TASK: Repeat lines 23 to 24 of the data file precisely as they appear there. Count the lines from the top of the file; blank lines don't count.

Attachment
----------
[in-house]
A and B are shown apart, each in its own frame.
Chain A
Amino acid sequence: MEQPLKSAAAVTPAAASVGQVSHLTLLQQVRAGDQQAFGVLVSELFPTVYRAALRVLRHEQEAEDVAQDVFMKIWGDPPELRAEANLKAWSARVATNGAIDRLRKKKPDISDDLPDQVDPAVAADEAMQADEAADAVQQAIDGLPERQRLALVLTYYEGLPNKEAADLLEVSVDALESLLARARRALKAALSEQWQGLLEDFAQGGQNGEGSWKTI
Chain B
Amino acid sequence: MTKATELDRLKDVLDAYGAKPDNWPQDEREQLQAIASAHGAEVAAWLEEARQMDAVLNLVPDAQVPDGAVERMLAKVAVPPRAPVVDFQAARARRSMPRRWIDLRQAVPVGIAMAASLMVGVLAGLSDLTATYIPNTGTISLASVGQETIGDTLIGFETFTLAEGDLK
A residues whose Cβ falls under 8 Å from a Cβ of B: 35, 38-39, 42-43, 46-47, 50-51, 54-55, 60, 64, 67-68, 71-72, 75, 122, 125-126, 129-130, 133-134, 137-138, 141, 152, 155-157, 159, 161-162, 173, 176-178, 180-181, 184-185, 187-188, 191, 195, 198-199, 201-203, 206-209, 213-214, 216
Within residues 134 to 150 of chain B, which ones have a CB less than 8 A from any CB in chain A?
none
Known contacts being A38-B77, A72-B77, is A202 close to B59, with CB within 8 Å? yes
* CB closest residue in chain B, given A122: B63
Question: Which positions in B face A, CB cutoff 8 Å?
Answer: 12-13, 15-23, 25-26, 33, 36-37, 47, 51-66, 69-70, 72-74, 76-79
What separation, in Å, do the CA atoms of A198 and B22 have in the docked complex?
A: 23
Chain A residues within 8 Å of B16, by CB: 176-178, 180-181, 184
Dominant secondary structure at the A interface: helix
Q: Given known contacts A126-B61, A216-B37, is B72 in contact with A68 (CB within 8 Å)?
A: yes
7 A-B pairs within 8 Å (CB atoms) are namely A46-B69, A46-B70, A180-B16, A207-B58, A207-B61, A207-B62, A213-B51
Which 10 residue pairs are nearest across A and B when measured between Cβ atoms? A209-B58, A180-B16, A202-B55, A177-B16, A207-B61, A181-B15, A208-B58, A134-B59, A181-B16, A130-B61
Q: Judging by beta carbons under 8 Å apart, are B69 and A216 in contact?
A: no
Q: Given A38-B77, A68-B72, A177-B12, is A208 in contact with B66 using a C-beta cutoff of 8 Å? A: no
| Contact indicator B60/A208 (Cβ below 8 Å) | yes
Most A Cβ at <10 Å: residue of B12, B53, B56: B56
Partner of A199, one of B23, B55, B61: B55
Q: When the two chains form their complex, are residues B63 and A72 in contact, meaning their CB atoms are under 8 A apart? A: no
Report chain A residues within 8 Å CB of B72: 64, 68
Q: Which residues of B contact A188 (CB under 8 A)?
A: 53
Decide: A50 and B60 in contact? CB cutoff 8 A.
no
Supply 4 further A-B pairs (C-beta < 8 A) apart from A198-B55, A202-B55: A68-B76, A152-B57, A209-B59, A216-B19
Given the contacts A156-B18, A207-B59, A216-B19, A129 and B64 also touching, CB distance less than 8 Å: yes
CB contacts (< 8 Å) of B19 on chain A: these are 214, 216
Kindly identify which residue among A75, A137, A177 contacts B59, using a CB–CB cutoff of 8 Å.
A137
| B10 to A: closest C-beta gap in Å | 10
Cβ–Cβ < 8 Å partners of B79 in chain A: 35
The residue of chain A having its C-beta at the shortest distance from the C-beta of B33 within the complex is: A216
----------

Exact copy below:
A: no
Q: Given A38-B77, A68-B72, A177-B12, is A208 in contact with B66 using a C-beta cutoff of 8 Å? A: no